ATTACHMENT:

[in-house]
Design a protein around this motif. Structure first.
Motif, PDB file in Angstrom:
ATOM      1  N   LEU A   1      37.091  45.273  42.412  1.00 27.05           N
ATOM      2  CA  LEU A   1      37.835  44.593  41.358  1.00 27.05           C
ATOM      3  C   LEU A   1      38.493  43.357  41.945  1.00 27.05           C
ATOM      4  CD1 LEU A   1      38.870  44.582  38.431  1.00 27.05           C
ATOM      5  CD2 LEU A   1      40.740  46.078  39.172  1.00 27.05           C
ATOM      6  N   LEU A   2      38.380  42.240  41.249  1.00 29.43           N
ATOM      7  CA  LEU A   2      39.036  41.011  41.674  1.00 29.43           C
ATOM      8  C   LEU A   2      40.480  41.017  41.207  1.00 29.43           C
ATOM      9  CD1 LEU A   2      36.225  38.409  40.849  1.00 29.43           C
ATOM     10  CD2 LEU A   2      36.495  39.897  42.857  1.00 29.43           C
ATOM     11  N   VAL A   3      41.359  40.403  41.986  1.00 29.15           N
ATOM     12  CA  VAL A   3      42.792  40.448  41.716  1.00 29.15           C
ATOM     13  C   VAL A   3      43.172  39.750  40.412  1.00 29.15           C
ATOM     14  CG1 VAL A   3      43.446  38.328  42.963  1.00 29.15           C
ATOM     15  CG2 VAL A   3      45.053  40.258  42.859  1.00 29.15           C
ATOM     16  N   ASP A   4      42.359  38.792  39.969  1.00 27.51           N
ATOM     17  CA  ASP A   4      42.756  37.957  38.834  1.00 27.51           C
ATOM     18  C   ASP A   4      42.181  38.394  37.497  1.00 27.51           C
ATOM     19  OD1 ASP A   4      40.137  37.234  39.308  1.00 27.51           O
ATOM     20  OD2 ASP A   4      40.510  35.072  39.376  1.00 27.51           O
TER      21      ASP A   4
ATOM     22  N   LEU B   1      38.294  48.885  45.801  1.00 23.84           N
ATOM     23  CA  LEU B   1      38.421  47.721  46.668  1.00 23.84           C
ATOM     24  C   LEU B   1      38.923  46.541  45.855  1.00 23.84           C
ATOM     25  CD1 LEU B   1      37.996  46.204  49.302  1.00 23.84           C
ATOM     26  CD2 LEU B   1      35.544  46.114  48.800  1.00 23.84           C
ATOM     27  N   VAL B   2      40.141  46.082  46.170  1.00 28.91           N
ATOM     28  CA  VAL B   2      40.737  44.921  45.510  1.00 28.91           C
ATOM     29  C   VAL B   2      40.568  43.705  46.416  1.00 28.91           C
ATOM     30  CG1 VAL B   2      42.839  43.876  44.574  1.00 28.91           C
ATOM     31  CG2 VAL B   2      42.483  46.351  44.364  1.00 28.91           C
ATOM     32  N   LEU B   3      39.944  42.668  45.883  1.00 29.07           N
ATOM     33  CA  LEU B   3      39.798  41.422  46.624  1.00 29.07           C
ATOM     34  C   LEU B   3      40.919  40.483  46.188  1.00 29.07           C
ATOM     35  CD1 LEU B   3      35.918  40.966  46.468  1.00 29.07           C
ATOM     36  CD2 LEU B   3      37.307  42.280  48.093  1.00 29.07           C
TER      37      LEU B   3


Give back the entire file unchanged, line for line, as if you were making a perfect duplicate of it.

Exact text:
[in-house]
Design a protein around this motif. Structure first.
Motif, PDB file in Angstrom:
ATOM      1  N   LEU A   1      37.091  45.273  42.412  1.00 27.05           N
ATOM      2  CA  LEU A   1      37.835  44.593  41.358  1.00 27.05           C
ATOM      3  C   LEU A   1      38.493  43.357  41.945  1.00 27.05           C
ATOM      4  CD1 LEU A   1      38.870  44.582  38.431  1.00 27.05           C
ATOM      5  CD2 LEU A   1      40.740  46.078  39.172  1.00 27.05           C
ATOM      6  N   LEU A   2      38.380  42.240  41.249  1.00 29.43           N
ATOM      7  CA  LEU A   2      39.036  41.011  41.674  1.00 29.43           C
ATOM      8  C   LEU A   2      40.480  41.017  41.207  1.00 29.43           C
ATOM      9  CD1 LEU A   2      36.225  38.409  40.849  1.00 29.43           C
ATOM     10  CD2 LEU A   2      36.495  39.897  42.857  1.00 29.43           C
ATOM     11  N   VAL A   3      41.359  40.403  41.986  1.00 29.15           N
ATOM     12  CA  VAL A   3      42.792  40.448  41.716  1.00 29.15           C
ATOM     13  C   VAL A   3      43.172  39.750  40.412  1.00 29.15           C
ATOM     14  CG1 VAL A   3      43.446  38.328  42.963  1.00 29.15           C
ATOM     15  CG2 VAL A   3      45.053  40.258  42.859  1.00 29.15           C
ATOM     16  N   ASP A   4      42.359  38.792  39.969  1.00 27.51           N
ATOM     17  CA  ASP A   4      42.756  37.957  38.834  1.00 27.51           C
ATOM     18  C   ASP A   4      42.181  38.394  37.497  1.00 27.51           C
ATOM     19  OD1 ASP A   4      40.137  37.234  39.308  1.00 27.51           O
ATOM     20  OD2 ASP A   4      40.510  35.072  39.376  1.00 27.51           O
TER      21      ASP A   4
ATOM     22  N   LEU B   1      38.294  48.885  45.801  1.00 23.84           N
ATOM     23  CA  LEU B   1      38.421  47.721  46.668  1.00 23.84           C
ATOM     24  C   LEU B   1      38.923  46.541  45.855  1.00 23.84           C
ATOM     25  CD1 LEU B   1      37.996  46.204  49.302  1.00 23.84           C
ATOM     26  CD2 LEU B   1      35.544  46.114  48.800  1.00 23.84           C
ATOM     27  N   VAL B   2      40.141  46.082  46.170  1.00 28.91           N
ATOM     28  CA  VAL B   2      40.737  44.921  45.510  1.00 28.91           C
ATOM     29  C   VAL B   2      40.568  43.705  46.416  1.00 28.91           C
ATOM     30  CG1 VAL B   2      42.839  43.876  44.574  1.00 28.91           C
ATOM     31  CG2 VAL B   2      42.483  46.351  44.364  1.00 28.91           C
ATOM     32  N   LEU B   3      39.944  42.668  45.883  1.00 29.07           N
ATOM     33  CA  LEU B   3      39.798  41.422  46.624  1.00 29.07           C
ATOM     34  C   LEU B   3      40.919  40.483  46.188  1.00 29.07           C
ATOM     35  CD1 LEU B   3      35.918  40.966  46.468  1.00 29.07           C
ATOM     36  CD2 LEU B   3      37.307  42.280  48.093  1.00 29.07           C
TER      37      LEU B   3